Wood glue, PVA, PVAc glue (Polyvinyl acetate), or white glue, is the most used glue in wood construction as well as home DIY. It is a product derived from the petrochemical industry.
Wood glue is biodegradable because it breaks down fairly quickly in most environments.
PVA is a microscopic plastic particle diluted in water. Even though technically it is a synthetic thermoplastic, it will biodegrade under the right conditions. PVA glue is often used for bookbinding and paper crafting as well as a protective coating for cheese.
Earlier forms of wood glue are known as “hide glue”. Hide glue is made from cattle and horses’ hoofs and bones and has been used for centuries as a wood glue. It has very useful attributes for certain situations and is also biodegradable.
Is Wood Glue Eco Friendly?
Few products derived from petroleum can be considered to be environmentally friendly. Refining crude oil consumes significant quantities of energy and produces a lot of pollution.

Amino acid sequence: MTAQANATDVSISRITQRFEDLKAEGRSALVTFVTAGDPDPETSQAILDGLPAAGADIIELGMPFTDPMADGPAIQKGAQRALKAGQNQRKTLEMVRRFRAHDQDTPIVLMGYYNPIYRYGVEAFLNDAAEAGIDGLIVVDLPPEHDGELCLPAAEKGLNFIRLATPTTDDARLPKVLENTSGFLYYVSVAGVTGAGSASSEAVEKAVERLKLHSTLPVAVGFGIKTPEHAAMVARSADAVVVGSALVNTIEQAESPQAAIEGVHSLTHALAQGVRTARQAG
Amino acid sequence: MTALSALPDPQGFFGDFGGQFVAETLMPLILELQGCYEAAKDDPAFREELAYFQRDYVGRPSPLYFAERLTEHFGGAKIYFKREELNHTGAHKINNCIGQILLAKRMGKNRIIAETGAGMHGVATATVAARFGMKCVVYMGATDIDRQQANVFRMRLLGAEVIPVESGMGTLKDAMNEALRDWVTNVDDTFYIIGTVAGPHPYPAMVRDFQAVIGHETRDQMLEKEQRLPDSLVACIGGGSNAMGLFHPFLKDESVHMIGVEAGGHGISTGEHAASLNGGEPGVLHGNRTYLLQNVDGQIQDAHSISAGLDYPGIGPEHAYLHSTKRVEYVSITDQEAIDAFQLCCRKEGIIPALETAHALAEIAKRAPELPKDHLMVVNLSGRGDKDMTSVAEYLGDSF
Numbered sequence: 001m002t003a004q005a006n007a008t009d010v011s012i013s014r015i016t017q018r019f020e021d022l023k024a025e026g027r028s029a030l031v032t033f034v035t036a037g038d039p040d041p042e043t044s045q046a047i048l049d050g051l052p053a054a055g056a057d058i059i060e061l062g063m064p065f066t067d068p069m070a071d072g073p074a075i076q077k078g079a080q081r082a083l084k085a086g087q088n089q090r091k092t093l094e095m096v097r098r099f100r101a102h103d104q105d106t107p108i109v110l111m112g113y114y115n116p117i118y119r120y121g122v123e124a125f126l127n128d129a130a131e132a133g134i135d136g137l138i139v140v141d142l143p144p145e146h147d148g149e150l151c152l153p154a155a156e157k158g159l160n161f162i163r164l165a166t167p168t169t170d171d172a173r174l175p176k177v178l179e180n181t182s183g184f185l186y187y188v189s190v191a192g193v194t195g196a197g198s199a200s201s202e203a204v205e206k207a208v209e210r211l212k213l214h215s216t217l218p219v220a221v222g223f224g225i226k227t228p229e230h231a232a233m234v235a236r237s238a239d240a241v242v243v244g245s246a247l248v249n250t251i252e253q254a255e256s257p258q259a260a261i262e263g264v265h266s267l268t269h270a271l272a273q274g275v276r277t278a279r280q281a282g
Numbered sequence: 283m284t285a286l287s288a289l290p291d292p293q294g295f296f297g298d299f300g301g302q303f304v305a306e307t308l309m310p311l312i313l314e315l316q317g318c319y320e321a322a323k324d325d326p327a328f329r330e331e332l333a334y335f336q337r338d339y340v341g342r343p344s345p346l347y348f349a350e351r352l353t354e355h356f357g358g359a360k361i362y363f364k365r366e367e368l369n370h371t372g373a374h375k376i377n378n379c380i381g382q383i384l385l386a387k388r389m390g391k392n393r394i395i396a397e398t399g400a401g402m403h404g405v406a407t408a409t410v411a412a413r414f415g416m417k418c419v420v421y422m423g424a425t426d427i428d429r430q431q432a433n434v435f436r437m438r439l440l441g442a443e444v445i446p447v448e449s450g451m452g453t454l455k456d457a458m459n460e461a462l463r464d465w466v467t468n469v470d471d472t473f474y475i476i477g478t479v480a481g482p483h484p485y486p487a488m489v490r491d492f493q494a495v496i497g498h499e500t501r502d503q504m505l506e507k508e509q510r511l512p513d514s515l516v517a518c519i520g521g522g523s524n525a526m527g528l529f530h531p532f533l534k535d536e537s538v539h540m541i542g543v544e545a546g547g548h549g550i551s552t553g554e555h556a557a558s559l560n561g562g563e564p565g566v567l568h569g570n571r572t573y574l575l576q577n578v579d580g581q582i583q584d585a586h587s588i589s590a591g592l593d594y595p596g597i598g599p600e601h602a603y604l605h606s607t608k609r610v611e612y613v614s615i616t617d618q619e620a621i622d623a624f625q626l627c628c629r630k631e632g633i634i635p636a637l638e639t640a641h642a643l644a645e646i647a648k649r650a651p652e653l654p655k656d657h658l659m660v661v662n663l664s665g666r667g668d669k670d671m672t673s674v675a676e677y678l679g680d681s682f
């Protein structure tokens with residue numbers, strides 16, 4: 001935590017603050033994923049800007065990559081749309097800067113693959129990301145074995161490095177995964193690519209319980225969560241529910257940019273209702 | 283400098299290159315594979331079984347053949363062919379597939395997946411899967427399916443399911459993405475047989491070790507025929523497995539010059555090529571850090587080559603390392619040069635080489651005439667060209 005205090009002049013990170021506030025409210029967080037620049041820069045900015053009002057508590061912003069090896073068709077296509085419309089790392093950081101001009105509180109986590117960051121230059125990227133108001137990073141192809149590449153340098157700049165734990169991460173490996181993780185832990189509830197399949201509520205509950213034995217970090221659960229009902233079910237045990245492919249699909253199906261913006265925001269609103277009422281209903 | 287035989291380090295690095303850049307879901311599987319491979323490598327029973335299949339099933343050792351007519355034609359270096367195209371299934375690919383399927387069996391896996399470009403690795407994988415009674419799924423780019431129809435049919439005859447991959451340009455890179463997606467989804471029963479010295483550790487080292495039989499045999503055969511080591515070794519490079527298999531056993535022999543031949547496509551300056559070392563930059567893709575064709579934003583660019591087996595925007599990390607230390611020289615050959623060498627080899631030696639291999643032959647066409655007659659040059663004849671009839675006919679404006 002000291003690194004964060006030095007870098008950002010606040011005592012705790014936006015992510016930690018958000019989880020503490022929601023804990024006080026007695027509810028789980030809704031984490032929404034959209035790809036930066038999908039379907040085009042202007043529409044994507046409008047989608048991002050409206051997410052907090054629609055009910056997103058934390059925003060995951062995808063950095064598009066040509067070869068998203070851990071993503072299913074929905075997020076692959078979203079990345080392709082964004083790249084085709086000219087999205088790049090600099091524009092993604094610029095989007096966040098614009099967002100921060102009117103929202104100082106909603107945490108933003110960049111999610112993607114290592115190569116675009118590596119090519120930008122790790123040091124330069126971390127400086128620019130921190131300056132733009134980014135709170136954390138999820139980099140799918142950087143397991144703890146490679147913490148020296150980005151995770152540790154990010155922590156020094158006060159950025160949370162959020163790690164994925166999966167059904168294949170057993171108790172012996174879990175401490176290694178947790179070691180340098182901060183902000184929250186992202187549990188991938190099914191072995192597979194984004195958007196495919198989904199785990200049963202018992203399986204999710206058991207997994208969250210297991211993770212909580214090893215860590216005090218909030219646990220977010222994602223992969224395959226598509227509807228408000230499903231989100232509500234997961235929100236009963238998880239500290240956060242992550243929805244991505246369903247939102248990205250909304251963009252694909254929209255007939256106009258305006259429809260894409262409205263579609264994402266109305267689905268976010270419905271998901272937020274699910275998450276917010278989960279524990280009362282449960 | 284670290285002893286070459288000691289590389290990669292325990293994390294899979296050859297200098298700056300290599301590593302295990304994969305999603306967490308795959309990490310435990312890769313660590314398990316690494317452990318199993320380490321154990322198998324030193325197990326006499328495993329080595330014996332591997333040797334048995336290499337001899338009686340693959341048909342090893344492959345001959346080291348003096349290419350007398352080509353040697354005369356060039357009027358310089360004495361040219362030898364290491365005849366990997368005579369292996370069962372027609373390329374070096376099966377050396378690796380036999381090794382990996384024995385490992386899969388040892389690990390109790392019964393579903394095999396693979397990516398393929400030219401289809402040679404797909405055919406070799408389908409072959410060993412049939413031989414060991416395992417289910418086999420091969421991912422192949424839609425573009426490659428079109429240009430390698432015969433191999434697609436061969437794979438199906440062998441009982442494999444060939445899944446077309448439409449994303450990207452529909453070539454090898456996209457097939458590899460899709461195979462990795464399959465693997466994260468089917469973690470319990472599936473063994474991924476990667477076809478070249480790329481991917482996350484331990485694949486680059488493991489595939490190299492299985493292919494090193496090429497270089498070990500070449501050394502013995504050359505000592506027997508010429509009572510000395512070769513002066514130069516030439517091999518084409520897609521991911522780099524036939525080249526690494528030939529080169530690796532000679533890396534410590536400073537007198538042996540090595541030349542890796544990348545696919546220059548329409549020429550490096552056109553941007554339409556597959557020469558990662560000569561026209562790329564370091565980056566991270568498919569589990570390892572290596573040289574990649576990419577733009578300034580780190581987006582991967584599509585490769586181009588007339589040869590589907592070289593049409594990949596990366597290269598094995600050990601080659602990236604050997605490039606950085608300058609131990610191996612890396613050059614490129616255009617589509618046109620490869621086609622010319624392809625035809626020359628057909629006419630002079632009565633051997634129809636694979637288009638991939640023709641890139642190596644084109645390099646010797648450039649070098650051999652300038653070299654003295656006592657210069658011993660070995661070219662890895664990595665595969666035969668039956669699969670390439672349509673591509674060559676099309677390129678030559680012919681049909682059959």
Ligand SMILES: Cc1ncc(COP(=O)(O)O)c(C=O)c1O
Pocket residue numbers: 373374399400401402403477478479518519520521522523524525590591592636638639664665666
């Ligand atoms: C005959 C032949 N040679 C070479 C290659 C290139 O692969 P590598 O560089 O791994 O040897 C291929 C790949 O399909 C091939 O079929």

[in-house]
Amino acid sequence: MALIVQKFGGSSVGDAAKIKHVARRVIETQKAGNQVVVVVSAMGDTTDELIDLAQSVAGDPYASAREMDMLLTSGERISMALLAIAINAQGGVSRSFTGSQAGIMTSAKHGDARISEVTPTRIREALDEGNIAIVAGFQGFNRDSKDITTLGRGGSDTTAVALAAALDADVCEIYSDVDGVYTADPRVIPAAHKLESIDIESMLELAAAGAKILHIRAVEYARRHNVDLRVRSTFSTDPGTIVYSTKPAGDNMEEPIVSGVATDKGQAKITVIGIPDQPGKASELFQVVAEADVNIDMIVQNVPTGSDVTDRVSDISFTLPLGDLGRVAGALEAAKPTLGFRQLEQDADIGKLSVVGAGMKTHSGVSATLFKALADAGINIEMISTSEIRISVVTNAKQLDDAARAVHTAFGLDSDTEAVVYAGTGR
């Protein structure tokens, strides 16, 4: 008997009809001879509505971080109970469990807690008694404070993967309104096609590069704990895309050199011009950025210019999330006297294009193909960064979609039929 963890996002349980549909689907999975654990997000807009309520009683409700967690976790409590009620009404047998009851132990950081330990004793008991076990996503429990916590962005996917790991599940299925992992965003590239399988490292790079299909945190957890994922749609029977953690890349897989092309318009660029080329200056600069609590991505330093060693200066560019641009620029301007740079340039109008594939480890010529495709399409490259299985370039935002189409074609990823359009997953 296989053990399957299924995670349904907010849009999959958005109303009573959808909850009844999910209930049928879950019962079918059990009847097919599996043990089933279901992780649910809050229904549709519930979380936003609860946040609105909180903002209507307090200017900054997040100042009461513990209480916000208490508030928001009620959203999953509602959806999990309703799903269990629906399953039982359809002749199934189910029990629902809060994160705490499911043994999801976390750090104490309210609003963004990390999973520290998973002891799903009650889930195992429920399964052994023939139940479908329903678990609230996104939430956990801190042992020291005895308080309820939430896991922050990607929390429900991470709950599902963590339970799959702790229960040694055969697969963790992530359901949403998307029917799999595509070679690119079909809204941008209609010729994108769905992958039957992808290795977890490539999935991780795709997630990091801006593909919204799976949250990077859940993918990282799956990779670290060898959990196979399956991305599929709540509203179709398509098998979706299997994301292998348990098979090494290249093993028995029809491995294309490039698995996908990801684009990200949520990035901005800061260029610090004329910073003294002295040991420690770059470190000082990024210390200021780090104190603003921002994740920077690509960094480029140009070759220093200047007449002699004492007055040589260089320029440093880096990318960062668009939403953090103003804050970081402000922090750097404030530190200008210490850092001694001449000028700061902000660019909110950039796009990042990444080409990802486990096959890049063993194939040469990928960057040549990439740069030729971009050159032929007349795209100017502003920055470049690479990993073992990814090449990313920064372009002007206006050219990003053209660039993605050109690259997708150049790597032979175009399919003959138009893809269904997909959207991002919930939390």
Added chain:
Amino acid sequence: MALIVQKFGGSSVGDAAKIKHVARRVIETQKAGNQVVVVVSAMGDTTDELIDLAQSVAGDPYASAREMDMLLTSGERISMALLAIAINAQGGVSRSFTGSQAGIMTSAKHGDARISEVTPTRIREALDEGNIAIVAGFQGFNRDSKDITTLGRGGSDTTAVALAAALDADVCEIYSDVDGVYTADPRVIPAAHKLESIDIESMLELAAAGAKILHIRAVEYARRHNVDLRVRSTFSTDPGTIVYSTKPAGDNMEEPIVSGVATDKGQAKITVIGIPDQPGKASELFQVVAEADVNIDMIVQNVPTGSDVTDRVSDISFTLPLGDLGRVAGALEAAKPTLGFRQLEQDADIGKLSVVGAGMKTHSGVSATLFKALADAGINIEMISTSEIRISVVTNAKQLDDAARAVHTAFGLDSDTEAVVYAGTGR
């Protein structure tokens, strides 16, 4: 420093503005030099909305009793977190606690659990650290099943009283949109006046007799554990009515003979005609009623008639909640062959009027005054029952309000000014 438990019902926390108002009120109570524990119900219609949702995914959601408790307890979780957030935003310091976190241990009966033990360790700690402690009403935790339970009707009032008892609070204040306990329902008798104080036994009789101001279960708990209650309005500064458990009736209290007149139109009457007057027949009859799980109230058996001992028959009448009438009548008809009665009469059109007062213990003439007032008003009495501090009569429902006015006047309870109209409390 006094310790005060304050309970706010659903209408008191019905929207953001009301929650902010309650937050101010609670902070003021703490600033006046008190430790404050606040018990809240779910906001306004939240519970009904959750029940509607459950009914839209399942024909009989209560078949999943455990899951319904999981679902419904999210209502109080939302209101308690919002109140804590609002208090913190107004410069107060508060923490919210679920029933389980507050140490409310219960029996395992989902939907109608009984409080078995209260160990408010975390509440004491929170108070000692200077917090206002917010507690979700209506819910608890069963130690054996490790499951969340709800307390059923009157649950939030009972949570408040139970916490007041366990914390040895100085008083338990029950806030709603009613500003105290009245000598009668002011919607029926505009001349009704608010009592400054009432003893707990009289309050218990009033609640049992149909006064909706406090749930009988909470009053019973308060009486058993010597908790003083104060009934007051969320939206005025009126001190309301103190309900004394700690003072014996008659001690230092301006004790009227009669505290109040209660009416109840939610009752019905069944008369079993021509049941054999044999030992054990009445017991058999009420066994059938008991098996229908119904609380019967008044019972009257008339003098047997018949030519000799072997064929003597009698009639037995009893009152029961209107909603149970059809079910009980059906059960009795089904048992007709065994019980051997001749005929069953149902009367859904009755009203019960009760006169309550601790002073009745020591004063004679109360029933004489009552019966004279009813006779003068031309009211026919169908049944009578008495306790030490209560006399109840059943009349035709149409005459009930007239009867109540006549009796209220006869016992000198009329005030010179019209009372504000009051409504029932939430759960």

Wood glue itself is harmless as a substance and in its finished form poses little danger to natural life or the environment.
Is Wood Glue Recyclable?
No. Glue is designed to be used once. Recycling glue that has already been applied and has dried would be difficult as it can’t be returned to its previous liquid form.
Materials (such as wood or paper) that have been adhered with wood glue can be recycled.
What Other Types of Glue are Biodegradable?
There are two main water-soluble polymer types: polyvinyl alcohol (PVOH) and ethylene vinyl alcohol (EVOH).
PVOH is biodegradable and water soluble. It is commonly used in adhesive systems and is often blended with polyvinyl acetate (PVAc) to make wood adhesives.
Wood glue is biodegradable and will break down quickly given the right conditions. Wood glue is also water soluble.